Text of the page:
Local residents remember 'The Moment'

The moment is frozen into the collective psyche of a generation that would see the world change forever. It was 12:30 p.m. on Friday Nov. 22, 1963. The place was Dealey Plaza, Dallas Texas. President John F. Kennedy, his wife Jacqueline Kennedy, Texas Governor John Connally and others were traveling in a motorcade when shots (three per the official report) were fired. Bullets struck President Kennedy in the neck and the head, fatally wounding him. It would be 1:30 p.m. before the White House made the official announcement of his death.
The moment was not broadcast via live television because the area through which the motorcade was traveling was not considered important enough for a live broadcast. In fact, most of the few members of the media who were accompanying the motorcade were traveling behind it. (The majority of the surviving video recordings and photographs of the assassination were taken by amateurs.)
After the fact, word of the shooting and the president's subsequent demise spread quickly. The nation sat in stunned silence. Grown men and women wept openly at the news and at the sights of the funeral a few days later. It has been called the moment when innocence in the U.S. died.
In observance of the 50th anniversary of that moment, The Mexico Ledger asked for personal remembrances from area residents. Below are the memories of students, members of the workforce, and those connected with the military.

Chuck Rentschler was a fourth grade student in Mrs. Baber's class at McMillan School. "We had just returned to our classroom after having lunch and recess, when our classroom door opened and our Principal Miss Virginia Botts entered," he said. "Miss Botts told our class that during a parade in downtown Dallas this morning President Kennedy had been shot."
He and his classmates were stunned as she continued with the news that President Kennedy had died. "We could not believe that our U.S. President had been killed," he said. "For the remainder of our school day, we talked about the assassination of President Kennedy."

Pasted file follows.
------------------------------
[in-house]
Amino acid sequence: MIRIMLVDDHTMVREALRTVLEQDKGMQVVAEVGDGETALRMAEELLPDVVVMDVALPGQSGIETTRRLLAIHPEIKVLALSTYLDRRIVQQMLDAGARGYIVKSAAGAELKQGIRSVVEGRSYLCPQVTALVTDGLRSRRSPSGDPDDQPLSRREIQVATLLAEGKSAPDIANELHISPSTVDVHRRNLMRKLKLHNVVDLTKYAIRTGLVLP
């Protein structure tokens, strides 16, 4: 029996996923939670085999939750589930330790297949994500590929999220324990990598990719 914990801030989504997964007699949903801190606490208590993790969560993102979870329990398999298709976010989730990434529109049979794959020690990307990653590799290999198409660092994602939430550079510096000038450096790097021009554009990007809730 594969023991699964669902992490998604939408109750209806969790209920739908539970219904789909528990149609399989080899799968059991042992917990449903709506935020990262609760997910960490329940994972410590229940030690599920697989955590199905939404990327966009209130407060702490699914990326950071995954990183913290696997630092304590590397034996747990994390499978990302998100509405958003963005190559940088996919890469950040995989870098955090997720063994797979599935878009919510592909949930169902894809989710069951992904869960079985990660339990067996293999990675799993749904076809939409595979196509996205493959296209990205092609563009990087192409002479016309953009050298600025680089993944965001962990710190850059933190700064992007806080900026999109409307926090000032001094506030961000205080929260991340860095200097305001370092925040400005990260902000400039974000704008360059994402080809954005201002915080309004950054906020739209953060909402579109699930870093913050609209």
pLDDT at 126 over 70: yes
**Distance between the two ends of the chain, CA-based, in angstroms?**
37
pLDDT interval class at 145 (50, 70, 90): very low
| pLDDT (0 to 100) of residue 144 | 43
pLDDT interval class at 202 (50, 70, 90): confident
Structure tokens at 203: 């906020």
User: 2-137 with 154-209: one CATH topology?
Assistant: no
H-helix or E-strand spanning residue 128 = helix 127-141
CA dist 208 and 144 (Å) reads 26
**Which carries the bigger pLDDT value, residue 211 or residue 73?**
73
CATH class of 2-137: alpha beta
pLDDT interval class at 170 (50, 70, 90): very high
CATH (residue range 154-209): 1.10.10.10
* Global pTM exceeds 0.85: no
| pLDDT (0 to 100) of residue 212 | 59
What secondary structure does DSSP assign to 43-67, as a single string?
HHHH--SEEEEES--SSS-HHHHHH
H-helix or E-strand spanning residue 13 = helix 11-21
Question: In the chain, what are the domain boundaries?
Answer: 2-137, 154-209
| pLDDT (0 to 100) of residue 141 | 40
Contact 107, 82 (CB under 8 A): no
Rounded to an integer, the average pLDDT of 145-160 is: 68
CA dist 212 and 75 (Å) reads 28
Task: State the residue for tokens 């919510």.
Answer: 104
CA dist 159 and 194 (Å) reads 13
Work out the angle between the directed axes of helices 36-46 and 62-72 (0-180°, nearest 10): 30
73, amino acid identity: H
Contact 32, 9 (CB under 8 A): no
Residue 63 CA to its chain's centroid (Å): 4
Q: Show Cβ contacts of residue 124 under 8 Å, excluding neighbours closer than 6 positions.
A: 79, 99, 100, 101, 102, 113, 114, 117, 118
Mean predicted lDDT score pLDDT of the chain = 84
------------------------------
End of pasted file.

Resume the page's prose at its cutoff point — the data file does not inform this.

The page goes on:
Kathleen M. Robnett was a sophomore at Community R-6 who had just gotten out of her Biology class. "When I walked into the hall, I was greeted by sobbing schoolmates and teachers," she said. "When I asked what happened, I was told that 'the president has been shot'; then the news changed to 'the president is dead.'"
Faculty and students alike found themselves gripped by a fear of an imminent attack. "The lesson plan of the day was forgotten as we discussed how we would prepare for the Russian attack," she said. "I had always been concerned about nuclear bombs and the fact that my family did not have a bomb shelter; many seemed to share my worry."
At home, Robnett found herself drawn into the television coverage. "When I arrived home I found the black and white television contained only news about the assassination of President Kennedy – on all three channels," she said. "That was all the news that was on all weekend."

Vicki Mason worked at the Mexico Southwestern Bell Telephone Office as a long distance operator. She had arrived early for her 1-10 p.m. shift to find a flurry of excitement and talk in the operators' lounge area. It was there she heard the news from co-workers.
"The Head Operator came to the lounge and asked that all operators report in early to work as the whole switchboard had lit up with calls," she said.
At the time, Mexico was the long distance connection hub for 13 small towns such as Laddonia, Santa Fe, and Vandalia. Anyone wanting to make a long distance call needed to dial "O" first. Call traffic that day was understandably heavy as everyone tried to call friends and family to let them know about President Kennedy being shot. "We all worked as fast as we could to keep up," she said.
Mason heard the actual news of his death from a Dallas Information Officer. "I remember feeling so sad and thinking how could anyone want to kill a President," she said. "This President had just led us a year before through a Cuban Missile Crisis! I thought of Jackie and those two darling children and wondered how they were going to get through this tragedy."